Roth IRA Basics
June 22, 2009
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Roth, Roth, Roth. Everyone, it seems is talking about Roth, and if you haven’t, rest assured – you will. Over the next few months, you will probably hear a lot about Roth IRAs because of a change in the rules that will take effect in 2010 regarding converting a traditional IRA into a Roth IRA. That subject is just a little too complicated for most people, so let’s take a quick look at some of the fundamentals.
If saving for your retirement is one of your financial goals (and it should be), you might want to consider investing in a Roth IRA. You should know that some people earn too much to qualify; here are the limitations:
In general, if you file as a single, you can make the full contribution provided that you earn no more than $105,000; if you’re married and file a joint return, that maximum is $166,000. It’s actually a bit more complicated than that, but if you’re interested in learning the nitty gritty, here is a link explaining how to calculate the amount you can earn and still contribute to a Roth IRA.
As with a traditional IRA, you can invest in a number of things: Certificates of Deposit, stocks, bonds, mutual funds, etc.
With a Roth, all earnings on your investments escape taxation completely. This is unique. All other investment vehicles are either taxed currently or tax-deferred. By tax-deferred, I mean that you don’t pay any taxes until you take the money out. Examples of tax-deferred investments are 401(k)s and 403(b)s, as well as traditional IRAs.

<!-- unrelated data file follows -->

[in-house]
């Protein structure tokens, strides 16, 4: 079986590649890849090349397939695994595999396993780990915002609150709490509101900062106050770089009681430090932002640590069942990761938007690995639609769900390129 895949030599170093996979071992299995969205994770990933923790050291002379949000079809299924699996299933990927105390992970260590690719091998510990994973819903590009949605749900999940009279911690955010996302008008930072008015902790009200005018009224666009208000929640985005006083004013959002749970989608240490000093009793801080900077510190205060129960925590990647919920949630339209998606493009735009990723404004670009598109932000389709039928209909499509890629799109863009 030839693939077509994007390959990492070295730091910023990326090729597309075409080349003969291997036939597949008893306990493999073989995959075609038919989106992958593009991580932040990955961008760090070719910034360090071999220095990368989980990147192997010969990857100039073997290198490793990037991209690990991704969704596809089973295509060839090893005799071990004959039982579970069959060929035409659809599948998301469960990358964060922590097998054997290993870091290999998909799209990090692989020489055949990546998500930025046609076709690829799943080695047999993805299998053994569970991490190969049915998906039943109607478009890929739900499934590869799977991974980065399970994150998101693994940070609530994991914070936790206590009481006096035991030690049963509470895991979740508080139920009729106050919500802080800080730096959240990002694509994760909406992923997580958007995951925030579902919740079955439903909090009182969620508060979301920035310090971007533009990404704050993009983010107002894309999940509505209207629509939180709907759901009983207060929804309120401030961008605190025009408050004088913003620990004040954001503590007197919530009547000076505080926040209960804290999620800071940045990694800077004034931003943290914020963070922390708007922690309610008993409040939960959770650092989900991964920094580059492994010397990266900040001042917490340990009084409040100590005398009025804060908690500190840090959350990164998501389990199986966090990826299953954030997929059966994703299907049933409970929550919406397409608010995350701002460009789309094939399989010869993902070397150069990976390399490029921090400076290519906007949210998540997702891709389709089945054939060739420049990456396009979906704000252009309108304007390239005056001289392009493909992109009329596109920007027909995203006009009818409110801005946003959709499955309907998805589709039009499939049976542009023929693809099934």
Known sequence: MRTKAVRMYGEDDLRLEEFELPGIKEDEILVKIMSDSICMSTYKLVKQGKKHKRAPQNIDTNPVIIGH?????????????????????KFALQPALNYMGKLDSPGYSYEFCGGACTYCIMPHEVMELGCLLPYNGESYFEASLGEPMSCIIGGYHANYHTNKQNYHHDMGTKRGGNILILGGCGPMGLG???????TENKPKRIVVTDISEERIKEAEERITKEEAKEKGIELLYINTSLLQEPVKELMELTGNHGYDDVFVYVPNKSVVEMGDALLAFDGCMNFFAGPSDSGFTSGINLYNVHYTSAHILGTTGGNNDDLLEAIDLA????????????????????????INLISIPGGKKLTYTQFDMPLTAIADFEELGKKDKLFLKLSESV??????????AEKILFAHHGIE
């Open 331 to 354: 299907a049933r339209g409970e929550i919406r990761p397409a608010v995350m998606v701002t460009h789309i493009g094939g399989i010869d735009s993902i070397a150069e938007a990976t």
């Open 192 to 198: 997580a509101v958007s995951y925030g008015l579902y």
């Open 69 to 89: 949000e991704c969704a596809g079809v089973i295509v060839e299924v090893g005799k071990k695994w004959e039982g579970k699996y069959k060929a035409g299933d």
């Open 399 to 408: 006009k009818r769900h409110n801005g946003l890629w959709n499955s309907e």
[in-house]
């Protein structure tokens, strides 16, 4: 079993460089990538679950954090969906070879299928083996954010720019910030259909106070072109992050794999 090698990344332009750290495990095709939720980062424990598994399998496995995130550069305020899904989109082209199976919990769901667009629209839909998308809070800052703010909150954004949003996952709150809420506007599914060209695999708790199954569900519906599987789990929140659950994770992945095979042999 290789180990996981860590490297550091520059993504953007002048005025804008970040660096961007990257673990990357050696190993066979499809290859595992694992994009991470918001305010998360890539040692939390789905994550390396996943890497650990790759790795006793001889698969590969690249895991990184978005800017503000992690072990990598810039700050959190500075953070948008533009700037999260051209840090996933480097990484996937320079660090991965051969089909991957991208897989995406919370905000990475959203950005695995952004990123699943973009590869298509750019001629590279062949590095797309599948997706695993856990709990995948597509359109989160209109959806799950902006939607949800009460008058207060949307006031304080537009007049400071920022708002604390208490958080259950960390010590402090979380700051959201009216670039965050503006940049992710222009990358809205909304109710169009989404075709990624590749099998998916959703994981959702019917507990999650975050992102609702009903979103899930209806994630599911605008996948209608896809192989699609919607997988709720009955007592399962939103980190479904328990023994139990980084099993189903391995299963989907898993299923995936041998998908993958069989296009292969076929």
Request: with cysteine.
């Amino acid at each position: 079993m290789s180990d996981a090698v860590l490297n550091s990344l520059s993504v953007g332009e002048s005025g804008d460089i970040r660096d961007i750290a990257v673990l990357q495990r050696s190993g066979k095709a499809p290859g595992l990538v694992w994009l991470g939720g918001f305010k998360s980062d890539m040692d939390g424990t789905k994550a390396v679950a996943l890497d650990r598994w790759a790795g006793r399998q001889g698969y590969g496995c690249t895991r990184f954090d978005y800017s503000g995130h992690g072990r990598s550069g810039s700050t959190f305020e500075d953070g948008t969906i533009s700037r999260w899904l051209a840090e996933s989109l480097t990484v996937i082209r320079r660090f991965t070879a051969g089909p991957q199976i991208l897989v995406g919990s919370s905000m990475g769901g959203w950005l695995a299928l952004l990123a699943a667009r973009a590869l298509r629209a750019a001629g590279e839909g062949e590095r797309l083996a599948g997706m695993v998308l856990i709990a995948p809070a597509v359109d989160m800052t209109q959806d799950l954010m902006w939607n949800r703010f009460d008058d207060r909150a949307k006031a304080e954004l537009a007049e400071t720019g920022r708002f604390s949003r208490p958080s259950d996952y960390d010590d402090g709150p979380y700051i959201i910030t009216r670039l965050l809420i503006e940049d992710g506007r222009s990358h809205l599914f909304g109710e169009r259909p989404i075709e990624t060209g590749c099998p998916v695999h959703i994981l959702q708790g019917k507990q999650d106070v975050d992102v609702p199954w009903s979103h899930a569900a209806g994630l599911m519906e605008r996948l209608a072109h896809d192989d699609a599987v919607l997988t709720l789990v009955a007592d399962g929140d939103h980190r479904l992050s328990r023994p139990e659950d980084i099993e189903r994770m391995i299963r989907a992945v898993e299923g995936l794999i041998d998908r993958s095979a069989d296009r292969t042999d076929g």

Other benefits of a Roth IRA include avoiding the early distribution penalty on certain withdrawals and eliminating the requirement to take minimum distributions after age 70½.
So what’s the catch? The primary disadvantage of a Roth IRA is that you don’t get a tax deduction when you contribute to it, as you do with other retirement options. Your personal situation will drive what is more important, tax-free growth or a current tax deduction. But that decision to go with a Roth will also depend on the assumptions you make about what your tax bracket may be when you retire.
Another disadvantage of a Roth, albeit a minor one, is that you have to go out of your way to use it. What I mean by that is you have to actually open an account with a bank, brokerage firm or mutual fund. With a 401(k) or 403(b), you just pen your John Hancock to some forms at work and you’re good to go.
Aside from the (in)convenience aspect, psychologically it is easier to save though an employer sponsored plan, simply because you never see the money; it comes right out of your paycheck. And, of course, many employers match your contribution either in full or in part, which you ordinarily wouldn’t want to miss out on. That is, after all, found money.
What’s the maximum you can contribute to a Roth IRA? The same amount as the traditional IRA. For 2009, it’s $5,000 if you’re younger than 50 years old; otherwise, it’s $6,000, and both spouses can make contributions to a Roth. You should be aware that contributions are a “use it or lose it” proposition; in other words, if you fail to take advantage of this year’s contribution, you can’t do it retroactively.
For a quick summary of your choices, Understanding the Roth IRA has a useful table comparing the various options.
In general, a Roth IRA is a very smart choice in saving for retirement for many people. To make the right decision for you, discuss the question with your financial planner or accountant.